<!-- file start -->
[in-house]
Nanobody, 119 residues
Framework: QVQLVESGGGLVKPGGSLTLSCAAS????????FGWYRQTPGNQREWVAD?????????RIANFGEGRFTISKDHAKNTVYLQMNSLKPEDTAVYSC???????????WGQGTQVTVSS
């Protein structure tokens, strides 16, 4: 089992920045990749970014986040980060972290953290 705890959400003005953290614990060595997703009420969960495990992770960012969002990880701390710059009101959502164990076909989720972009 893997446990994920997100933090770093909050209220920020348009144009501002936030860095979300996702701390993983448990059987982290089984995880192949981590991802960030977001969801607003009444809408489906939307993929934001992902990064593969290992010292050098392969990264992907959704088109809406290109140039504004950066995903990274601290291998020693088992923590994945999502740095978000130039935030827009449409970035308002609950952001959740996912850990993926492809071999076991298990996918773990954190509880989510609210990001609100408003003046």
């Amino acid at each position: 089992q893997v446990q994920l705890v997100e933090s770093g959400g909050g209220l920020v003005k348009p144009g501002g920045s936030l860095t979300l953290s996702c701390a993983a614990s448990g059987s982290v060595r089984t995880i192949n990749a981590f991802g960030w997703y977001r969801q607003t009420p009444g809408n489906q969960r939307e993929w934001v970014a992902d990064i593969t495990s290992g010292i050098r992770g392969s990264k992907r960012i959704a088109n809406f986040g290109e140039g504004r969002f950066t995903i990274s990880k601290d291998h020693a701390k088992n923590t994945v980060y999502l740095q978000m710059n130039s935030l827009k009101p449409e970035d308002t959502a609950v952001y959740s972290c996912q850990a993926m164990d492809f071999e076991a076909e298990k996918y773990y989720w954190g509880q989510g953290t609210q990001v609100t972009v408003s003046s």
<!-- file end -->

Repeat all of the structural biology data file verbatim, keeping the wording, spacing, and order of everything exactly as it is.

[in-house]
Nanobody, 119 residues
Framework: QVQLVESGGGLVKPGGSLTLSCAAS????????FGWYRQTPGNQREWVAD?????????RIANFGEGRFTISKDHAKNTVYLQMNSLKPEDTAVYSC???????????WGQGTQVTVSS
């Protein structure tokens, strides 16, 4: 089992920045990749970014986040980060972290953290 705890959400003005953290614990060595997703009420969960495990992770960012969002990880701390710059009101959502164990076909989720972009 893997446990994920997100933090770093909050209220920020348009144009501002936030860095979300996702701390993983448990059987982290089984995880192949981590991802960030977001969801607003009444809408489906939307993929934001992902990064593969290992010292050098392969990264992907959704088109809406290109140039504004950066995903990274601290291998020693088992923590994945999502740095978000130039935030827009449409970035308002609950952001959740996912850990993926492809071999076991298990996918773990954190509880989510609210990001609100408003003046």
């Amino acid at each position: 089992q893997v446990q994920l705890v997100e933090s770093g959400g909050g209220l920020v003005k348009p144009g501002g920045s936030l860095t979300l953290s996702c701390a993983a614990s448990g059987s982290v060595r089984t995880i192949n990749a981590f991802g960030w997703y977001r969801q607003t009420p009444g809408n489906q969960r939307e993929w934001v970014a992902d990064i593969t495990s290992g010292i050098r992770g392969s990264k992907r960012i959704a088109n809406f986040g290109e140039g504004r969002f950066t995903i990274s990880k601290d291998h020693a701390k088992n923590t994945v980060y999502l740095q978000m710059n130039s935030l827009k009101p449409e970035d308002t959502a609950v952001y959740s972290c996912q850990a993926m164990d492809f071999e076991a076909e298990k996918y773990y989720w954190g509880q989510g953290t609210q990001v609100t972009v408003s003046s």